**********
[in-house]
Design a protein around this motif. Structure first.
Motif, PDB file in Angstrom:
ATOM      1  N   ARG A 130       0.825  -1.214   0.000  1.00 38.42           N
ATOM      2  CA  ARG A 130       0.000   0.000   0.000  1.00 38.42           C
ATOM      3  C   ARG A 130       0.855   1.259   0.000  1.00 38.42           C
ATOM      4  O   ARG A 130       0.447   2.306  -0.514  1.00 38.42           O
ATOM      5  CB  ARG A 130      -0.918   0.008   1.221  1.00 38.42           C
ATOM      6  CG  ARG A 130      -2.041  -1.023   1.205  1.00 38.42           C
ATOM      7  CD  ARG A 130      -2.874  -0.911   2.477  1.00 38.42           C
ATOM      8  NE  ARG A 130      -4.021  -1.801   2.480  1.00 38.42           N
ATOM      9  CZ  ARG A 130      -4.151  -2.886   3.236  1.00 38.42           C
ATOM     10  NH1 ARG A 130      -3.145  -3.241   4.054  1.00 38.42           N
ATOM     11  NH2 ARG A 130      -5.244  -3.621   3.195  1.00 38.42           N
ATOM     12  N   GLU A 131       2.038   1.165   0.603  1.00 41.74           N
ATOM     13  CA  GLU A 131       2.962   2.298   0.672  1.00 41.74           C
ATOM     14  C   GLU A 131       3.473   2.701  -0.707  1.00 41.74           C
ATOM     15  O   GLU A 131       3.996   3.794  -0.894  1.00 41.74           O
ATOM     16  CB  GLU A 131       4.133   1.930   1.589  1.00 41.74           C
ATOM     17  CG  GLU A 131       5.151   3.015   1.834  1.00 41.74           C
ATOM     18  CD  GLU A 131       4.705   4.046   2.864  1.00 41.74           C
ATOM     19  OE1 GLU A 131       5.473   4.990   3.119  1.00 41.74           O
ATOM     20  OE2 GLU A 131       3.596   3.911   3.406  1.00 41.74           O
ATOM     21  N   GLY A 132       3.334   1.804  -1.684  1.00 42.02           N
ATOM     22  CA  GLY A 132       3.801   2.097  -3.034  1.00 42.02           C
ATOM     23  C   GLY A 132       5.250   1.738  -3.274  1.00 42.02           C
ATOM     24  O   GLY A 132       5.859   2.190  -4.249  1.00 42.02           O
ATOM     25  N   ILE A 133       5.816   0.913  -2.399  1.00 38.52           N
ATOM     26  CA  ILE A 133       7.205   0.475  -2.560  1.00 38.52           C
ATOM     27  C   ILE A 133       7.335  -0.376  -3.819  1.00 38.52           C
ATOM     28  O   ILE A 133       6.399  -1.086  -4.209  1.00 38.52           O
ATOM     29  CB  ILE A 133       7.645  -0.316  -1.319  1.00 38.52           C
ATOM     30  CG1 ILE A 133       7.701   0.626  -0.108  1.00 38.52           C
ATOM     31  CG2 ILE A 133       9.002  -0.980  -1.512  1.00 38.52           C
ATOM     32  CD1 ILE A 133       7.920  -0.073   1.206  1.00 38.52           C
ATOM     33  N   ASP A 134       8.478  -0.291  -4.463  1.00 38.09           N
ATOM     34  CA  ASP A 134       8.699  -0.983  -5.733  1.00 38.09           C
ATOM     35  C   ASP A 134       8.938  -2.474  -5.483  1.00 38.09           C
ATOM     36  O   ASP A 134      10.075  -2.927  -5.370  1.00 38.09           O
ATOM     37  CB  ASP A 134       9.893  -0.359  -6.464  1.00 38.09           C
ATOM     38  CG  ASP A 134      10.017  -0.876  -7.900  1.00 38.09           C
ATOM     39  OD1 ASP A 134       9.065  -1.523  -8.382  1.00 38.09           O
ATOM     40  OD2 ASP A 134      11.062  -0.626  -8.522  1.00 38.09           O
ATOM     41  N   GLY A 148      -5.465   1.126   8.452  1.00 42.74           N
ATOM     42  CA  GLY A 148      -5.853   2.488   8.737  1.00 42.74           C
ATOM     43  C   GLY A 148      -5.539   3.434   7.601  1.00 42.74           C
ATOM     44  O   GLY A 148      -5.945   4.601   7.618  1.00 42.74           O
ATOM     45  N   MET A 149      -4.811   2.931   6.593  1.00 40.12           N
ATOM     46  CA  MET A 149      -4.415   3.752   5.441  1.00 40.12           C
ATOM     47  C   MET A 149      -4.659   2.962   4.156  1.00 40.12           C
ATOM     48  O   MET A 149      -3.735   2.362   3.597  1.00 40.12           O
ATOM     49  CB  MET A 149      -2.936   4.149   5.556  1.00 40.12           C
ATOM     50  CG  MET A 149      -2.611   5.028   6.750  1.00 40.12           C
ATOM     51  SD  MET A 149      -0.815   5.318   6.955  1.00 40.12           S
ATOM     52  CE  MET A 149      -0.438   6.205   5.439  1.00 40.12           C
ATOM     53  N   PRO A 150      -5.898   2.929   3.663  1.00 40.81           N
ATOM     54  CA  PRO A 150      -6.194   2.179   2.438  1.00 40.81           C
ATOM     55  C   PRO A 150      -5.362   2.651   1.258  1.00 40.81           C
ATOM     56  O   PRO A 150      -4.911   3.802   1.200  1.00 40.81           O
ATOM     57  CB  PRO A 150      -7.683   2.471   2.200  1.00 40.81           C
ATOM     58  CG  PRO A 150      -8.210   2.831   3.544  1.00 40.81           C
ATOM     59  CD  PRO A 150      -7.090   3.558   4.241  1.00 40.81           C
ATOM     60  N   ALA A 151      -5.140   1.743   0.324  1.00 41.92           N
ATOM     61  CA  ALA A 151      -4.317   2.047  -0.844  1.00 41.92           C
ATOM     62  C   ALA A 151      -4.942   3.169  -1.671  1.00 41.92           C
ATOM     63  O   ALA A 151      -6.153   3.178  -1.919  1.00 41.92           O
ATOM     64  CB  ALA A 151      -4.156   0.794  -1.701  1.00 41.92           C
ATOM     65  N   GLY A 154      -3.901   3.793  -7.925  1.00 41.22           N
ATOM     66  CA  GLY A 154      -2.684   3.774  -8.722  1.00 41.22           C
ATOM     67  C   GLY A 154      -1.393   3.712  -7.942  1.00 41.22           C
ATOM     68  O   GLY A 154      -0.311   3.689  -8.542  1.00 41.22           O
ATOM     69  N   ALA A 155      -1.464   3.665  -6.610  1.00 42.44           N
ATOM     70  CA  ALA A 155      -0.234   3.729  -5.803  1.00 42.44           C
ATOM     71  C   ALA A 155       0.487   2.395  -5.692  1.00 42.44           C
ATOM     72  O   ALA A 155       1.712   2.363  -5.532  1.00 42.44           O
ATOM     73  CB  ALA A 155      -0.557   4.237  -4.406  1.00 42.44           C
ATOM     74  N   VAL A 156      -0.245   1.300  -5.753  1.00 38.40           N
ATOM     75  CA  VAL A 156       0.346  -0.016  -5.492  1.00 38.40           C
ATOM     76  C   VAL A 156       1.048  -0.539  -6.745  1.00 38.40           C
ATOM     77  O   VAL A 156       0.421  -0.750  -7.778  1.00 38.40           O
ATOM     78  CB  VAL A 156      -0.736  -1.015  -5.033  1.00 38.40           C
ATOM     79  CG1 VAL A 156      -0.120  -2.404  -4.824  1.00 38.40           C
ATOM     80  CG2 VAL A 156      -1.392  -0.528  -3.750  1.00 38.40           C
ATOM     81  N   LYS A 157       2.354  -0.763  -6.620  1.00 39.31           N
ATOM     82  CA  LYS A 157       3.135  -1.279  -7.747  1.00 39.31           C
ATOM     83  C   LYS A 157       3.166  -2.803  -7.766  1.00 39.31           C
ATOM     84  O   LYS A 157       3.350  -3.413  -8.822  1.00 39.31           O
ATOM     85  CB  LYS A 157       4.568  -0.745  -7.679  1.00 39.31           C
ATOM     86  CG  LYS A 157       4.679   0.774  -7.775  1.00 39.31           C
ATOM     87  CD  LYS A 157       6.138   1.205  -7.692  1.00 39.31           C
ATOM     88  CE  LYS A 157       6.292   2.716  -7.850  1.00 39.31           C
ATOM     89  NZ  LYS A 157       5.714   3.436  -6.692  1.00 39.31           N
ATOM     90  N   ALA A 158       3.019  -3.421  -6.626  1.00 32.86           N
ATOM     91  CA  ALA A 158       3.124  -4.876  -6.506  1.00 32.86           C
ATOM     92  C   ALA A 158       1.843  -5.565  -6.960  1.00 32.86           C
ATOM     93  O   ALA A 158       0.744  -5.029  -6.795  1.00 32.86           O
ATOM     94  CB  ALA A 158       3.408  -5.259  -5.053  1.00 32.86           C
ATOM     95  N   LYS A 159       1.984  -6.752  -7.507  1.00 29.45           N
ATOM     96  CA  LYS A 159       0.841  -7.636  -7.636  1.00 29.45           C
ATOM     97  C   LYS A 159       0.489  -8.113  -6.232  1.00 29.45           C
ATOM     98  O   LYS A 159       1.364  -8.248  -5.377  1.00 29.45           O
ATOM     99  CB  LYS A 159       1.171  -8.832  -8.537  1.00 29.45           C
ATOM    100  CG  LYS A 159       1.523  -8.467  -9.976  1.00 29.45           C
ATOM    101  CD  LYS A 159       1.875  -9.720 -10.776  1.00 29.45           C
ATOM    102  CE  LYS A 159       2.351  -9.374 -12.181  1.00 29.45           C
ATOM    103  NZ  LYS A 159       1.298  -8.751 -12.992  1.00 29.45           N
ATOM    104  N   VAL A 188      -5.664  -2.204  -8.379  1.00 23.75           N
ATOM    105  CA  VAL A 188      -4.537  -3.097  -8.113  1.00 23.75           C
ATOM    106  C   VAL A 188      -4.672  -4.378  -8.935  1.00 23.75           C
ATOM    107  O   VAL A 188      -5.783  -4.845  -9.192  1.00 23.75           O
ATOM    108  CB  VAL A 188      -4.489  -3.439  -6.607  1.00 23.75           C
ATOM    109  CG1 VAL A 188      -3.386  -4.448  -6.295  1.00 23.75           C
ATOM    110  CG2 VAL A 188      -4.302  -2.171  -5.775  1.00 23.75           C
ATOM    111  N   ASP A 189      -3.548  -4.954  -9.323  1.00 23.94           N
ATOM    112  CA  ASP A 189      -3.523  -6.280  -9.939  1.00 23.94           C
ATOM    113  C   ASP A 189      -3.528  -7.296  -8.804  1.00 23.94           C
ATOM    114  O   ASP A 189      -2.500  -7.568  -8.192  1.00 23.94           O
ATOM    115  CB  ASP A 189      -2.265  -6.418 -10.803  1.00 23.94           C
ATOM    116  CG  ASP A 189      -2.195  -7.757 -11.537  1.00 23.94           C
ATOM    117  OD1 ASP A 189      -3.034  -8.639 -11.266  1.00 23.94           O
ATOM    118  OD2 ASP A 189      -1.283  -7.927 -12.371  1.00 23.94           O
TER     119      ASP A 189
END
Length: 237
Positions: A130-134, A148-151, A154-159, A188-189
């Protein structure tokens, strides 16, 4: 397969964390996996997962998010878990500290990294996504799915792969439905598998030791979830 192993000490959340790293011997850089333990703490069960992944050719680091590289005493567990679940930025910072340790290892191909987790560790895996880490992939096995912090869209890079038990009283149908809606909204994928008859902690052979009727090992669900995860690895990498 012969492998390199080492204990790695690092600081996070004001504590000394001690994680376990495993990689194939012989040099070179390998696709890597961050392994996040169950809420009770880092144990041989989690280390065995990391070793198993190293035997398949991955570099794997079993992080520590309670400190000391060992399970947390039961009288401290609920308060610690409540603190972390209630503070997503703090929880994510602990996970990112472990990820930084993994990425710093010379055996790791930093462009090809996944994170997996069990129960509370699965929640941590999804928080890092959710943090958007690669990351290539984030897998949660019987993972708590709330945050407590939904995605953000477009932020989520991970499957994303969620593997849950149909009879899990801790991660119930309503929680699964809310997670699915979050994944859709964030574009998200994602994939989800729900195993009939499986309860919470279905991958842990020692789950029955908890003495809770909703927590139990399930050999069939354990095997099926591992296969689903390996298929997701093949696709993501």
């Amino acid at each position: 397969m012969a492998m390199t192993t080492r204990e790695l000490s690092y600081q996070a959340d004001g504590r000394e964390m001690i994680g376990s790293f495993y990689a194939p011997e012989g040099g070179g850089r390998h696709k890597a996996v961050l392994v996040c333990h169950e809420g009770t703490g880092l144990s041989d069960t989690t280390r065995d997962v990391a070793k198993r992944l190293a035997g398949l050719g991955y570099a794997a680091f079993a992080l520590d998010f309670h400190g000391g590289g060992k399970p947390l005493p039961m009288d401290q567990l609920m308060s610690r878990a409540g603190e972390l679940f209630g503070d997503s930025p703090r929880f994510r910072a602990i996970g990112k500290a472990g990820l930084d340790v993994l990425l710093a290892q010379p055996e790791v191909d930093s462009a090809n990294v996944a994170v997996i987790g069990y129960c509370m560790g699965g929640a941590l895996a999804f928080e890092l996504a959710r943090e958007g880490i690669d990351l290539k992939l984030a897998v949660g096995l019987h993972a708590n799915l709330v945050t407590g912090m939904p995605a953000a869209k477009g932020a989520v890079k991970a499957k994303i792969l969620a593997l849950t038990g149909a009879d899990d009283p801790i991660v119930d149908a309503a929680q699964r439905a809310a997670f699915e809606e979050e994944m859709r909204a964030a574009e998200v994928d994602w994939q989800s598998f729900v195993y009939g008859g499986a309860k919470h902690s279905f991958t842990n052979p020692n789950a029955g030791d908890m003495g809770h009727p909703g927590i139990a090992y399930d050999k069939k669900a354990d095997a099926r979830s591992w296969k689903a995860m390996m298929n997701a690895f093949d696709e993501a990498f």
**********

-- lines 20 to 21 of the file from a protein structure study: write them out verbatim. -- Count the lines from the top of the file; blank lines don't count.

ATOM     17  CG  GLU A 131       5.151   3.015   1.834  1.00 41.74           C
ATOM     18  CD  GLU A 131       4.705   4.046   2.864  1.00 41.74           C